Preheat your oven to 375 degrees F (190 degrees C) and place rack in bottom third of the oven.

Butternut Squash Filling: In a large bowl whisk the eggs until frothy. Whisk in the sugar, and then the cream, vanilla extract, ground spices, and salt. Stir in the Butternut Squash Puree. Pour the mixture into the unbaked pie shell and place on a larger baking pan to catch any spills. Bake the pie for about 45 - 50 minutes or the crust has nicely browned and the filling is just set, but the center will still look wet. (A knife inserted about 1 inch (2.5 cm) from side of pan will come out almost clean.)

Place the baked pie on a wire rack to cool. Serve,warm, at room temperature, or cold with maple whipped cream. Store any leftovers at room temperature about two days or in the refrigerator for three to four days.

Makes one 9 inch (23 cm) pie.

Maple Whipped Cream: Place the heavy whipping cream and maple syrup in bowl of your electric mixer. With the whisk attachment, whip the cream until soft peaks form.


My Mom made a really good Pumpkin Pie, or so I thought. It wasn't until she was in her eighties that she told me her secret. She made her "Pumpkin" Pies with homemade butternut squash puree, not pumpkin puree. So, in fact, she was making a Butternut Squash Pie, not a Pumpkin Pie. I couldn't wait to make this pie, because in the past I had only used butternut squash in savory dishes. What I found is the mildly sweet, almost nutty flavor of butternut squash is perfect in a dessert pie. In fact a Butternut Squash Pie is very similar in both looks and flavor to a Pumpkin Pie.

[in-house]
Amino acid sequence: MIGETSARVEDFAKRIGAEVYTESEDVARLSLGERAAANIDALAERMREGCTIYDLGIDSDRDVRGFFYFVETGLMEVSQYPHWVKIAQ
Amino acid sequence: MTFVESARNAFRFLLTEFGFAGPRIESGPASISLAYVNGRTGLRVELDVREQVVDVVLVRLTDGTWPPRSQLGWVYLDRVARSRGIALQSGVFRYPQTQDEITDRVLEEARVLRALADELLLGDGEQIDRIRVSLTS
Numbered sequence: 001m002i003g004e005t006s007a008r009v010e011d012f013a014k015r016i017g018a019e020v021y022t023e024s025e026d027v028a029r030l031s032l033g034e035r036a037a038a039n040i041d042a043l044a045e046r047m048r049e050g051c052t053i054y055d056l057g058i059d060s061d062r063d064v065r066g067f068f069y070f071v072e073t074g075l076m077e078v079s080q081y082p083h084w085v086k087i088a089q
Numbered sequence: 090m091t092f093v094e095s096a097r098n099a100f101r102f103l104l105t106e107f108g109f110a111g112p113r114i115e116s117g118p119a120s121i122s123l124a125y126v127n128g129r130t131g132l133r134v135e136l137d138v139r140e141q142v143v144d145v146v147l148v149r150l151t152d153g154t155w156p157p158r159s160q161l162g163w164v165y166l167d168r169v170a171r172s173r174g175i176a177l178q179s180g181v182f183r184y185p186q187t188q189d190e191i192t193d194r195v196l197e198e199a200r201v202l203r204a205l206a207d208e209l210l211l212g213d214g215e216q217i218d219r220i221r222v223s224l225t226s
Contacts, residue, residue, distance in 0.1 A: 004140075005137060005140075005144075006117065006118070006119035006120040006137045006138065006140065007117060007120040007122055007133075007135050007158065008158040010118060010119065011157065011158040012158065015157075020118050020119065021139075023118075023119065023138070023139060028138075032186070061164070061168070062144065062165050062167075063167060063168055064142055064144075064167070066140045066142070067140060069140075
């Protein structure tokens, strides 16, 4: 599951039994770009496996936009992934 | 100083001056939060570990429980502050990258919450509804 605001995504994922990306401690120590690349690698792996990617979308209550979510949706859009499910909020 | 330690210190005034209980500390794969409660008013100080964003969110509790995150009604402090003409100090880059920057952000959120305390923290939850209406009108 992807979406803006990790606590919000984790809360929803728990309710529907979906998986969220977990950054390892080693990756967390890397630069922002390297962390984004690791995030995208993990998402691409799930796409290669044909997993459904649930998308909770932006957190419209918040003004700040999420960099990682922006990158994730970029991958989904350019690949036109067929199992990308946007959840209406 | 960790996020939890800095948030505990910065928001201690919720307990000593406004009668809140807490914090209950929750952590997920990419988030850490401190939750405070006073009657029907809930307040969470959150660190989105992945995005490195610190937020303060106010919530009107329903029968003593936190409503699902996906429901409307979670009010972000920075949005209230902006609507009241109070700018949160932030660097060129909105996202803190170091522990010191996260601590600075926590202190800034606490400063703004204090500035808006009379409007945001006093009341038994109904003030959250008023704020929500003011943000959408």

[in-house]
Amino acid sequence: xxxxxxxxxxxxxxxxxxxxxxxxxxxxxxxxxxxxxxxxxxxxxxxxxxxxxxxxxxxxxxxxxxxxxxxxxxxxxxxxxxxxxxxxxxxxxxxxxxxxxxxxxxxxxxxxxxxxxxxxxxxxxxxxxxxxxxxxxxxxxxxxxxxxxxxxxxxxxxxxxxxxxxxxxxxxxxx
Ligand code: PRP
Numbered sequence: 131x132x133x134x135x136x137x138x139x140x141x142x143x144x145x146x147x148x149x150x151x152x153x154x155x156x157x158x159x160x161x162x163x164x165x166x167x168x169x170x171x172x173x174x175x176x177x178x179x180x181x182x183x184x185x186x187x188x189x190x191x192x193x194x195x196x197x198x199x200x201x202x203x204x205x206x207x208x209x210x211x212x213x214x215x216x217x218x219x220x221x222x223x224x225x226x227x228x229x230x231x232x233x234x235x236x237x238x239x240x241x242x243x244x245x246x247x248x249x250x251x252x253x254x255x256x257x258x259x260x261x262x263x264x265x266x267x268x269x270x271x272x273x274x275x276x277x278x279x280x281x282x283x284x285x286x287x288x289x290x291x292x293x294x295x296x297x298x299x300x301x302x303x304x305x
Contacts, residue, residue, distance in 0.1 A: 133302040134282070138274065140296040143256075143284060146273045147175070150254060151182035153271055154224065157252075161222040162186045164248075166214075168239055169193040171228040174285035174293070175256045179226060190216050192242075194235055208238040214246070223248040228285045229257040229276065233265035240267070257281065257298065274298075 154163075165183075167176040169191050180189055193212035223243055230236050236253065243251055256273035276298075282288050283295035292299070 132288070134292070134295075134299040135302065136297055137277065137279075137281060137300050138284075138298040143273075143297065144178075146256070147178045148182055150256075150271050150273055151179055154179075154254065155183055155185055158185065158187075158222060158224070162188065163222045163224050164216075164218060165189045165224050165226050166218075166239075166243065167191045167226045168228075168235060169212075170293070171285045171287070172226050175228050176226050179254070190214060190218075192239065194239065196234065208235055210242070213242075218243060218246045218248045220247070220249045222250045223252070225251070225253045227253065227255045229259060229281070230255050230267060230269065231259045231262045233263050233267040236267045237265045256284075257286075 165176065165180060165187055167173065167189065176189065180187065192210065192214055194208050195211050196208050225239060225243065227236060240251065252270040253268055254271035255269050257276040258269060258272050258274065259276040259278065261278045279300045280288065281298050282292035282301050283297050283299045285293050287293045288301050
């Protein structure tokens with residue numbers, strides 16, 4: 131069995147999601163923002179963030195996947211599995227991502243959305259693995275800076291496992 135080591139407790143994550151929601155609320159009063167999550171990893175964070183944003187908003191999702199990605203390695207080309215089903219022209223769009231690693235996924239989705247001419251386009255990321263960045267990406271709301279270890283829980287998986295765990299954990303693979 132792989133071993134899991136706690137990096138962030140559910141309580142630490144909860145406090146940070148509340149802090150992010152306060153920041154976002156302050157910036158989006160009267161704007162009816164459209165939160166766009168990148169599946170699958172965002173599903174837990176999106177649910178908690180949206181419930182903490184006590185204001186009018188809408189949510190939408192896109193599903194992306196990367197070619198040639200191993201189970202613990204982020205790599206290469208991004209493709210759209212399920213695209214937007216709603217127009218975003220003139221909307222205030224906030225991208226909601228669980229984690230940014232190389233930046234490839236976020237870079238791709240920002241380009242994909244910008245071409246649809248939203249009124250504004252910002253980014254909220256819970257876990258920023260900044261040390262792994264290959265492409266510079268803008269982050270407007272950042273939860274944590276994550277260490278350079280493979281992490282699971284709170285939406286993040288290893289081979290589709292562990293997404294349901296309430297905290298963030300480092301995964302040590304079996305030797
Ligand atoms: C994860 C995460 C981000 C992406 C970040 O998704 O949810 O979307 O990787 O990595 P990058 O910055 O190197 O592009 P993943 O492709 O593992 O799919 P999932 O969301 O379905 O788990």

Both Pumpkin and Butternut Squash Pies are considered "soft" pies because they're made with an unbaked crust and an uncooked custard-like filling that are baked until the crust has browned and the filling has set. As with a Pumpkin Pie I like to sprinkle the unbaked pastry crust with crushed gingersnap cookie crumbs as it adds a mild ginger flavor plus prevents the crust from becoming soggy.
Butternut Squash is a Winter Squash that has an elongated shape, with a long neck and a bulb at one end that contains seeds. Its outer cream colored rind is thick, hard, and inedible. Inside the sweet, mild flavored flesh is bright orange. To make Butternut Squash puree you first need to roast the squash until its flesh becomes soft and tender. This really brings out its sweet, almost nutty, flavor. Once the flesh has cooled, it is pureed until smooth. You can use the butternut squash puree right away or it can be covered and stored in the refrigerator for about a week.

The main problem people can have with custard pies is that the filling has a tendency to crack. There are a few things we can do to minimize the amount of cracking. One, do not over mix the ingredients. I find it best to mix the ingredients together by hand, not in a mixer or food processor. Second, do not over bake the pie. Remove the pie from the oven when it is just set (the center of the pie will still look a little wet), and a knife inserted into the filling about 1 inch (2.5 cm) from the side of the pan comes out almost clean.